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MOSFET or Schottkey Diode?

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Full Member level 3
Feb 15, 2002
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Can anybody tell me which one is better for parallel DC/DC modules(5v output, 30A, for redundancy), MOSFET or Schottkey Diode? and any reference design available?

hot spare

Are you going to have a hot spare system where both are on and connected to the load, or is only one connected to the load at a time?

I would suggest that you have the first option which will cut the heat down by half in the converters which will greatly improve their reliability. This will require an external management circuit which must have a failure rate less than 10% of either supply otherwise the system reliability is not improved.

If you want a dumb system, you can use the diodes and sense the voltage on the load side of them. This will share the load between the converters, but not equally. This method assumes that the converters fail in the off and not in the higher voltage condition.

fet rectifier for small frequency:


Dear flatulent,

Thank you for your suggestion.
I am going to have a hot spare system where both are on and connected to the load, that's why I need the or'ing doide.
The problem is I have no solution to cut the heat down if I use the low Vf schottky doides(Vf is about 0.4v), but I am not familiar with the power MOSFET, I found that most MOSFETs with very low Rds(on) have the internal inverse parallel diode. So if one DC/DC module fails, the fail one will become the load of the good DC/DC module through that internal inverse diode, could you please give me more detail suggestion? eg, MOSFET part number, external management circuit part number, or schematic.


Most power supply manufacturers that support hot swap include schottky diode oring in their supplies - I would trust their judgement and if necessary use schottky diodes.


I have used these in the past with good results. How much current are you supplying?

The load can be up to 30A at 5V, the oring schottky diode will have about more than 12 Watt heat dispension, but there is no fan allowed in my design, could you recommend suitable solutions to me?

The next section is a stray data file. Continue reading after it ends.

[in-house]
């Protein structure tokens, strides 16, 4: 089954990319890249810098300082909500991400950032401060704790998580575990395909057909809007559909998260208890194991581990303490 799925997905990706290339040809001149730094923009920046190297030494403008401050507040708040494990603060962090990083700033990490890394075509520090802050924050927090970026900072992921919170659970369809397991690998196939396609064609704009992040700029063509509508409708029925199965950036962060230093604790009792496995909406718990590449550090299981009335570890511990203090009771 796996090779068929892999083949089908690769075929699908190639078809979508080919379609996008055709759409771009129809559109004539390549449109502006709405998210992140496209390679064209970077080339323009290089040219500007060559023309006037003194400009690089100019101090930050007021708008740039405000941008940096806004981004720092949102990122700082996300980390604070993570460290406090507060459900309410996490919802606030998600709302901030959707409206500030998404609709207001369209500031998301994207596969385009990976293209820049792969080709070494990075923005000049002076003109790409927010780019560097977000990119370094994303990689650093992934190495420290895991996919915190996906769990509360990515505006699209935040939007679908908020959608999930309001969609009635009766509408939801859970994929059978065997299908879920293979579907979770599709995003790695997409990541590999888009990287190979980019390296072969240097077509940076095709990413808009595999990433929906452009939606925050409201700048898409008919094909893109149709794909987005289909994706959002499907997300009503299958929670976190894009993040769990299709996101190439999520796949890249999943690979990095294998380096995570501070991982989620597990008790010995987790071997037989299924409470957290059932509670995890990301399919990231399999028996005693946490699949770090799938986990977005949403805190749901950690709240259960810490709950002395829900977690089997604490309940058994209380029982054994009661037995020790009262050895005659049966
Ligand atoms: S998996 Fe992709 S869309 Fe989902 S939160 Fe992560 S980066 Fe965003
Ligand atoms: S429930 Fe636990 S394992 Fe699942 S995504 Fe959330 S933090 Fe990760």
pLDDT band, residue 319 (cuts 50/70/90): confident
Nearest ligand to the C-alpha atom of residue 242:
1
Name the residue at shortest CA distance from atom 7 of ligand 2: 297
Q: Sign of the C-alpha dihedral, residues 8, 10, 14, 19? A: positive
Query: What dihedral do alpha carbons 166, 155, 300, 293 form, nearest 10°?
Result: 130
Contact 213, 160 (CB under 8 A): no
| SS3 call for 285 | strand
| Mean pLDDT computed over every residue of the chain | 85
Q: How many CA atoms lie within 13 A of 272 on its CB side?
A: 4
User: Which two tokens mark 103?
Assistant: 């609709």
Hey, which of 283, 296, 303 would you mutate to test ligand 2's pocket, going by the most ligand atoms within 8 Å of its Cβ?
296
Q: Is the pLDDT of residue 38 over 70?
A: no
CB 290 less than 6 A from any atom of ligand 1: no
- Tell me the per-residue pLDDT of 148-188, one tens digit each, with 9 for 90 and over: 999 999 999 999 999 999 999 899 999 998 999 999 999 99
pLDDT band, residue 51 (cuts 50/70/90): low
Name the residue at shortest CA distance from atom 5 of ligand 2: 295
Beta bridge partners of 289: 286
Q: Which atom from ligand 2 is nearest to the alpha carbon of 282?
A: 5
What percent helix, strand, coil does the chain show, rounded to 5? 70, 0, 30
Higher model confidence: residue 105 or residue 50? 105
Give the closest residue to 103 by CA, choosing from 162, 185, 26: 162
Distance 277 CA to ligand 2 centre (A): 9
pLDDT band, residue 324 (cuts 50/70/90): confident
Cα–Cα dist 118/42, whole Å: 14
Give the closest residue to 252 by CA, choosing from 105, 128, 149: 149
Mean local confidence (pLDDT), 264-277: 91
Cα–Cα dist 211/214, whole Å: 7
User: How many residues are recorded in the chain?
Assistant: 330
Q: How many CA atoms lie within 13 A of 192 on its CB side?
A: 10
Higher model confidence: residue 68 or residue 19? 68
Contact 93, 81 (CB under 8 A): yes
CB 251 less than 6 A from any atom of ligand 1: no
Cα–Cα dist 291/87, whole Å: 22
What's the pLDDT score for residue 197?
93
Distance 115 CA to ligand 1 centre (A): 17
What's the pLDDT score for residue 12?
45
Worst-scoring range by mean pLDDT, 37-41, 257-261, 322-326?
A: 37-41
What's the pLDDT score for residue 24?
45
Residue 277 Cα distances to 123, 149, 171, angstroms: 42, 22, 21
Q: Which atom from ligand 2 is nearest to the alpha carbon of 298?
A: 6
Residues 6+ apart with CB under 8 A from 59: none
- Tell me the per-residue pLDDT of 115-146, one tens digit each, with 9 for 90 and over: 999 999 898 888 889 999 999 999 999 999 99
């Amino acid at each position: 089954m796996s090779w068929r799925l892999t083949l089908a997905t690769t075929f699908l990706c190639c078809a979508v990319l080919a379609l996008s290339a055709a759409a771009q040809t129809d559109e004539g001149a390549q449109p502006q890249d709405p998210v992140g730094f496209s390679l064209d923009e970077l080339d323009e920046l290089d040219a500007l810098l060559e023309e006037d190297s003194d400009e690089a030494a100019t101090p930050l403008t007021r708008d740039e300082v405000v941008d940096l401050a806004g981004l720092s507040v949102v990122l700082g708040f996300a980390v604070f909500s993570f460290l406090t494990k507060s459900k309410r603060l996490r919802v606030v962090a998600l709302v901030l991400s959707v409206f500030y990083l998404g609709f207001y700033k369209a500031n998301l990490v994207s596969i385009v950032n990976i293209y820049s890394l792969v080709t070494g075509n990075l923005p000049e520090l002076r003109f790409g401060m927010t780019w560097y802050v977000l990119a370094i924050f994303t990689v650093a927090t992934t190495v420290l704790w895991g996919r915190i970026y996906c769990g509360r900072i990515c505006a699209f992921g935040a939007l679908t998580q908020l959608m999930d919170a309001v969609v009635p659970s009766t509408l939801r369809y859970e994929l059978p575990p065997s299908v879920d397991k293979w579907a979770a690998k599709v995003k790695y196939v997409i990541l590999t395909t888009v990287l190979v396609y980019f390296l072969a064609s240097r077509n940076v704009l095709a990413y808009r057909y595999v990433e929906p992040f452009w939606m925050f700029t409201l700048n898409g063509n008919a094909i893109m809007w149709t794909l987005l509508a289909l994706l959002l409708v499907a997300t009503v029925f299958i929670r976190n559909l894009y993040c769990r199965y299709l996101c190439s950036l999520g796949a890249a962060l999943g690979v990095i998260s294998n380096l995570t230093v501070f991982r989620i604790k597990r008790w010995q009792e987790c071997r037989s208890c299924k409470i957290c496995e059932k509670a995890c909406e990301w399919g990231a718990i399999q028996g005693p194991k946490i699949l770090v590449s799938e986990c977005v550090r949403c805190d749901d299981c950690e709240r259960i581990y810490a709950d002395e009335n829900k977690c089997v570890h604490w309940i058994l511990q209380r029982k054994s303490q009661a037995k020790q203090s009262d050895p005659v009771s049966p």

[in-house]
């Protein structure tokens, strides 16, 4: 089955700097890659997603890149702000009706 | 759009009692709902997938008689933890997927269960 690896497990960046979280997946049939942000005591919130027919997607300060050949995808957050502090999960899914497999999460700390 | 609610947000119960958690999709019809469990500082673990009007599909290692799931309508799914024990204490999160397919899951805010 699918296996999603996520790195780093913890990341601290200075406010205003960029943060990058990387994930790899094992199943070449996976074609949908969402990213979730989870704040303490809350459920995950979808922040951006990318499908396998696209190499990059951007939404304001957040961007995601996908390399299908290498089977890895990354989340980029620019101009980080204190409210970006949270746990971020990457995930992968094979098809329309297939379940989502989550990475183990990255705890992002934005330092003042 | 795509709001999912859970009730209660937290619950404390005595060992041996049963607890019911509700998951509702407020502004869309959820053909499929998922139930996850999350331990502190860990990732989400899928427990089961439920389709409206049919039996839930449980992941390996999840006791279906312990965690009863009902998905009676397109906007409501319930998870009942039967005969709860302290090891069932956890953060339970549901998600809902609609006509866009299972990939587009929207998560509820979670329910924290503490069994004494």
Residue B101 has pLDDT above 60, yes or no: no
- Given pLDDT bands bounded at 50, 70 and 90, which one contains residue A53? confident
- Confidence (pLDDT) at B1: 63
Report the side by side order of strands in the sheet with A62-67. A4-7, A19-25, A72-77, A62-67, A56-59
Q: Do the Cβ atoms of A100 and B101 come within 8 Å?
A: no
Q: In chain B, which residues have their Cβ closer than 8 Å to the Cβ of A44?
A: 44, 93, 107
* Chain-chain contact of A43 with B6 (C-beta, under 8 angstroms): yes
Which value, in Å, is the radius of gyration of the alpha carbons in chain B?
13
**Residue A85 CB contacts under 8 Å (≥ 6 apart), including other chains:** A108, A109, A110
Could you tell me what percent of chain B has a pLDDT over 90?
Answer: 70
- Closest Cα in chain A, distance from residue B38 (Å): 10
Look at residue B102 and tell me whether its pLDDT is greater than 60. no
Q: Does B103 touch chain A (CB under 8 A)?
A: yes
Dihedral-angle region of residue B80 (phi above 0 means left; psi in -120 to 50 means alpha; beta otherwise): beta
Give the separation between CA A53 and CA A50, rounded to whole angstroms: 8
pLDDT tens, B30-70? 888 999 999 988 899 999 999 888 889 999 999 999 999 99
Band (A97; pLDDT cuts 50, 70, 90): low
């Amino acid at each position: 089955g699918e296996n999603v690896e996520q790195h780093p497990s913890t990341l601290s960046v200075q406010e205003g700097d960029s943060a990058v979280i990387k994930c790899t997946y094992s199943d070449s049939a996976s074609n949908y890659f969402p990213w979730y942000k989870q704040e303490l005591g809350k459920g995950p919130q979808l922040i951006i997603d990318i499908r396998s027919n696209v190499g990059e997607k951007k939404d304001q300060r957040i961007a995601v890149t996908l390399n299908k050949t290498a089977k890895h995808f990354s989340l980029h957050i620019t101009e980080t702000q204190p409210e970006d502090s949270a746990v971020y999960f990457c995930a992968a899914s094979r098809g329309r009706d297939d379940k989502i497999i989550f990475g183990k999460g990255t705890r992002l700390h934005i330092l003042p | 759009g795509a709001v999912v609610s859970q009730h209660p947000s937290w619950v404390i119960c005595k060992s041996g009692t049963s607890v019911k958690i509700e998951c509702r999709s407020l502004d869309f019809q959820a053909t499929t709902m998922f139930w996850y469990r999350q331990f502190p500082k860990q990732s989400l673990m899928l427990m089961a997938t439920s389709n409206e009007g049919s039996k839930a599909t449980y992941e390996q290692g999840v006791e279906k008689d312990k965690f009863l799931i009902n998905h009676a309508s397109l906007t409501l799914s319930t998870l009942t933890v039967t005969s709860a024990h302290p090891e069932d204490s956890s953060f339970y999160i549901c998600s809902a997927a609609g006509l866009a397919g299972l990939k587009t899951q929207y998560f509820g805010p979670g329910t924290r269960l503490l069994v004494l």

in fact,you problem is not so easy.but if you want low power dispension,maybe MOSFET is the only can use four 20V 0.005 oum mosfet parallel,get a very low instance, only about 1W dispension,and four SO8 chip mosfet can work well with about 30 degree temprature warry about others,if you find a error in one power modle,you should shut down it in the primary side of it.
best wishes.

fets are bidirectional

Another problem is that FETs are bidirectional (the ordinary direction works better than the other, but the other direction still conducts) even if you get the ones with no internal protection diode. You will probably have to have some external management circuit to connect one or the other.

Use "high side switches" type FET circuits. Search for this key word (actually three words) when you go to IC manufacturer's sites. (Also search this site for the three word pharse for more information.) This switch type circuit IC goes between each supply + side output to the load. Your external management circuit will have to be able to tell when the main supply is not working and switch the two switches to the opposite state to connect the other power supply.

The diode is the foolproof method. Can you look inside your supplies? They may have some diode type circuits which will allow you to electrically parallel the supply outputs directly. Ask the manufacturer for suggestions. They may have application notes on this very subject. The supplies may have external control pins that you can use to switch them on and off. Do they have fault output indicators? These can be taken advantage of in your design.

Dear all,

If I choose a DC/DC module with parallel operation allowed, eg, PH150F48 from Densei-Lambda, which has GOOD/NO GOOD signal output, do I still need the the oring schottky diode for redundant operation?


Does anyone know if the schottky diode 85CNQ015 is suitable for the oring diode?
but it is very expensive, how can I find a cheaper one?

looks good

The data sheet on the web indicates that they are specifically designed for your type aplication of being redundant. Follow the directions that come with the unit and it looks like they can be directly paralleled and share the current load for further reliability from lower temperatures.

Dear flatulent,

Thank you for the reply. I do not have any experience with the DC/DC module from Densei-Lambda, do you mean the Lambda DC/DC module can be used without the oring diode for redundant operation to cut heat down? I am not sure the parallel operation is only for doubling power or for redundant and current share both.

Best wishes,


Note the equation N+1 in the web data sheet. This is a standard code word for multiple redundant units where you have 1 more unit than you really need and that way when one fails the others fulfill your needs.

The application note from Lamda which will explain the wiring details: **broken link removed**

It looks like you would need the diodes but the reliability would be improved by the load sharing.

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